Best use of the medicinal armoury in otitis - Veterinary Practice
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Best use of the medicinal armoury in otitis

begins a two-part article reviewing the medical interventions available for the management of ear diseases, covering cleaning, flushing and myringotomy

OTITIS externa is the
inflammation of the external ear
canal and is very common in dogs.
Involvement of the middle ear
compartment is also possible, being
also quite common in dogs and

Ear problems are seen in first
opinion and referral practice and, due
to their frequently recurrent nature,
constitute a frustrating problem for
owners and veterinarians alike.

The ear inflammation and infection
can result from a
plethora of
factors and
correction of
these is the
key to successful management.

Management of ear diseases
includes medical and surgical options
and the aim of these notes, divided in
two articles, is to describe the medical
interventions available for otitis externa
and media. Part one covers ear
cleaning, ear flushing and
myringotomy; part two will cover
topical medications, systemic
mediations and ototoxicity.

Medical treatment of otitis
externa and media: ear
cleaning, ear flushing,

Therapy of otitis consists of
identifying and controlling all the
factors involved and medical options include topical and systemic therapy,
potentiated by ear cleaning and, when
needed, by ear flushing.

Length of treatment and prognosis
varies based on causes and factors. It is
paramount to highlight that the owner’s
involvement is important as most of
the topical procedures will be
performed at home by clients and this
will likely influence the success of

Additionally, the relevance of
attending follow-up visits for examination and repeated cytology
should be stressed as often getting the
clients to continue with regular
treatment can be challenging.

Ear cleaning – when?

Whilst is commonly accepted that
cleaning is not necessary in healthy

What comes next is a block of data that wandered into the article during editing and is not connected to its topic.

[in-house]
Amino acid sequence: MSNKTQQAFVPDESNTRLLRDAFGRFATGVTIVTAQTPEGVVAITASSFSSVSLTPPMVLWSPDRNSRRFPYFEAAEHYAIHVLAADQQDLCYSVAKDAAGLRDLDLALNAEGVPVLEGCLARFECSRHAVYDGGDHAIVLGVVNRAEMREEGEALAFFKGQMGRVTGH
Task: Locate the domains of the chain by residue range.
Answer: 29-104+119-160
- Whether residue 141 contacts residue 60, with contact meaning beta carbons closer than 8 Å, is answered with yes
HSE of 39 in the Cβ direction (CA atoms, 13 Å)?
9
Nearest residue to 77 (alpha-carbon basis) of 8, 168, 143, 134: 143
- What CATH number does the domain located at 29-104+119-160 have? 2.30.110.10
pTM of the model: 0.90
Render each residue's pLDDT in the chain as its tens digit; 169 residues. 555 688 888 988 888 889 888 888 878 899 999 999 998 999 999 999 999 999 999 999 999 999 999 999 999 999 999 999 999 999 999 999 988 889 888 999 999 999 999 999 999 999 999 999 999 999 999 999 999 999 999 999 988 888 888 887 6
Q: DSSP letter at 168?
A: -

ears, it is beneficial in the following

  • Seborrhoeic ears (Figure 1)
  • Hairy ears (Figure 2)
  • Stenotic ears (Figure 3)
  • Pendulous ears
  • Purulent discharge (Figure 4)

Ear cleaning is valuable in any treatment regimen as it can remove
debris and pus, potentiate the action of
topical antimicrobials such as
gentamicin and polimixin B and permit
complete diagnostic evaluation of the
ear canal and tympanic membrane.

Manual cleansing can be done at
home by the owners; however, it is
important to instruct them on how to
perform the cleaning and how often to
use the different preparations.

How to instruct owners

For good compliance, it is helpful to
explain the cleaning step by step:

1. Squirt a good amount directly intothe dog’s ear canal – avoid touching the
insides of the ear with the tip of the
bottle (Figure 5).

2. Use the dog’s ear to close the ear
opening and massage all of the liquid
around inside his ear (Figure 6).

3. Then, let go of his ear and let your
dog shake all of the excess ear wash

4. Finally, wipe a small piece of cotton
wool around the entrance and
superficial portion of the ear canal
(Figure 7).

The cleaning fluids most
commonly contain:

  • Ceruminolytics, surfactants and
    foaming agents. These help soften,
    emulsify and dissolve cerumen and
    debris. Sodium dioctyl sulphosuccinate
    and triethanolamine polypeptide oleate
    condensate are potent ceruminolytic
    agents; carbamine peroxide is slightly
    less potent and acts more as a
    humectant and foaming agent. Other
    molecules include sodium lauryl
    sulphate and squalene. Less effective
    ingredients include propylene glycol,
    glycerine, and landline.
  • Astringents or drying agents. These
    are used to prevent maceration of the
    ear canal and include isopropyl alcohol,
    acetic acid, boric acid, benzoic acid and
    milder cleansing agents such as salicylic
    acid and lactic acid.
  • Antimicrobial agents. These are active ingredients of many ear
    cleansing solutions and include